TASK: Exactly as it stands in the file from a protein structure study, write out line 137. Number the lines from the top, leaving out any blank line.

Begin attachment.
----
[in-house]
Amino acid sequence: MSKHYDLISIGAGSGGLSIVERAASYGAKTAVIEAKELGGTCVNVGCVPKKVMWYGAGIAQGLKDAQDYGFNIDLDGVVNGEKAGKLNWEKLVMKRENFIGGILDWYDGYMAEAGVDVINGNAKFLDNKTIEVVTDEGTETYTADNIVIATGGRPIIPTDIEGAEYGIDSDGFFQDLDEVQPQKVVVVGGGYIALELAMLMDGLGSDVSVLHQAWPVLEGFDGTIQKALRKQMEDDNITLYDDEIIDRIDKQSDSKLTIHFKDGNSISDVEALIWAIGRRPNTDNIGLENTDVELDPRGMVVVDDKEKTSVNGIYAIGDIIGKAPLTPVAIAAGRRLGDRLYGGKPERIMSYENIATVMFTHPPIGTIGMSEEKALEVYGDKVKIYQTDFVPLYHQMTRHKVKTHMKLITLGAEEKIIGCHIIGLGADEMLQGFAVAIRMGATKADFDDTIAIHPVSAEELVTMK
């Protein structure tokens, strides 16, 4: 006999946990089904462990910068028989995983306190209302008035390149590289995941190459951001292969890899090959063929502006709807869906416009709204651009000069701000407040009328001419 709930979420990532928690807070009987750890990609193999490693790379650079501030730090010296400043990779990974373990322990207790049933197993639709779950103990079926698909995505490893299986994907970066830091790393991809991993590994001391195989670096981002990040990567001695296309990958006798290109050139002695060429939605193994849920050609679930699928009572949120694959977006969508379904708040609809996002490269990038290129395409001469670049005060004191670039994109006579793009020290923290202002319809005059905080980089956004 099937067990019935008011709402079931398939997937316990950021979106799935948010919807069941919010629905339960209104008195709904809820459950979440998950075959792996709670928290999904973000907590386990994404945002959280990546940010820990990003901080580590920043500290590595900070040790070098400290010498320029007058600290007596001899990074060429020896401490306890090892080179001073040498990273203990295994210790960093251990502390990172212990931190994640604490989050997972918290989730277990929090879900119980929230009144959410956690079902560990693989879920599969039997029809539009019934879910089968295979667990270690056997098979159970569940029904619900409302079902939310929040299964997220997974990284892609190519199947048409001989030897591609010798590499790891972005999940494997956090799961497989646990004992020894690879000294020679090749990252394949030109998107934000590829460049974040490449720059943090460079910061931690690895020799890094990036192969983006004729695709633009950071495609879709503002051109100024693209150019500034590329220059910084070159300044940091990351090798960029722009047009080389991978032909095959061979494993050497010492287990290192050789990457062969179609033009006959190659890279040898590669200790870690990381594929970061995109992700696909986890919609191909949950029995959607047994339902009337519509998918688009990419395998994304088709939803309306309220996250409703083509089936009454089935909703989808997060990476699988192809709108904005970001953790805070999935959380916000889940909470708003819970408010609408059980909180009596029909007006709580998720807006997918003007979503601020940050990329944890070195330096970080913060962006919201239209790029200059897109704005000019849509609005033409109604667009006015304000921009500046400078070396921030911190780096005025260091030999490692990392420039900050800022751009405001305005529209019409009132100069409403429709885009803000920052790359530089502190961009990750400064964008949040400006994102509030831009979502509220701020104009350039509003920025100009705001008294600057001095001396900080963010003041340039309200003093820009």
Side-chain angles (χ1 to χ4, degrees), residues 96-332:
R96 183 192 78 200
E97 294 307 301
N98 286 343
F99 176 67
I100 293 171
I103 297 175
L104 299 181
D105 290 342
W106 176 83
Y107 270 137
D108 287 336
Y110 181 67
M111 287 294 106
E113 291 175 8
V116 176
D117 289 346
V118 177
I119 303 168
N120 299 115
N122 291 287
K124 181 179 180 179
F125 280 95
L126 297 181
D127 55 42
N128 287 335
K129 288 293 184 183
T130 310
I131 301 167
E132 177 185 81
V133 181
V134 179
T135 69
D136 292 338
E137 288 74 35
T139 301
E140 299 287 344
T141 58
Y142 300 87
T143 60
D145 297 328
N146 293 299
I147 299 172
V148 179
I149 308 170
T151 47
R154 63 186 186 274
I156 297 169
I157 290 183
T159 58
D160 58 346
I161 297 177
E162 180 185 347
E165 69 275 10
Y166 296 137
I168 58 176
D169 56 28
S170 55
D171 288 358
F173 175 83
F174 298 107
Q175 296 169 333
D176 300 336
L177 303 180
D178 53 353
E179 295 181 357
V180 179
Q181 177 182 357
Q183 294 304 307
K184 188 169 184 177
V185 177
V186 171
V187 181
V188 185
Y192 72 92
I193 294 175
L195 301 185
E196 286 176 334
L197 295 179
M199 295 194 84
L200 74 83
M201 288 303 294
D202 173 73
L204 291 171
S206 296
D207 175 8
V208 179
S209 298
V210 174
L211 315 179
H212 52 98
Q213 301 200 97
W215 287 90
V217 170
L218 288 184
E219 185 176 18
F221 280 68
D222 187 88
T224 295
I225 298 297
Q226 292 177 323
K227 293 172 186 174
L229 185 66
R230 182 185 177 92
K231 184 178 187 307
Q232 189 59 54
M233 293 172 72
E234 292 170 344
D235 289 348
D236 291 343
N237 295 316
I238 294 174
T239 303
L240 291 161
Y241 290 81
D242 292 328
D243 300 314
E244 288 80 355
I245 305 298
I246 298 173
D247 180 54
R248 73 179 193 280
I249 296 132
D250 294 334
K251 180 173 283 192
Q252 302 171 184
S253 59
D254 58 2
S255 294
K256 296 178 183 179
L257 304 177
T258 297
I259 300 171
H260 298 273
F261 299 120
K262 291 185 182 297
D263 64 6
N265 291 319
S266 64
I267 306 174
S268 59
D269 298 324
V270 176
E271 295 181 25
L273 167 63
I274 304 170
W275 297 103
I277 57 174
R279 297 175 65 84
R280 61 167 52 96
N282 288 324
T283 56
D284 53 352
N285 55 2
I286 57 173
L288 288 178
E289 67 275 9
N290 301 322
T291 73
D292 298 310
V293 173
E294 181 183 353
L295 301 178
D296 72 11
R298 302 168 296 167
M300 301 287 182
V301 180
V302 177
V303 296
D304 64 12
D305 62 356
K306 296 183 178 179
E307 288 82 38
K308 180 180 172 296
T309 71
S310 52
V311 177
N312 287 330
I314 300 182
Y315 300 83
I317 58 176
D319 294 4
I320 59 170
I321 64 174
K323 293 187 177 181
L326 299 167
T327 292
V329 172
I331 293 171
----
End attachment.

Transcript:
H260 298 273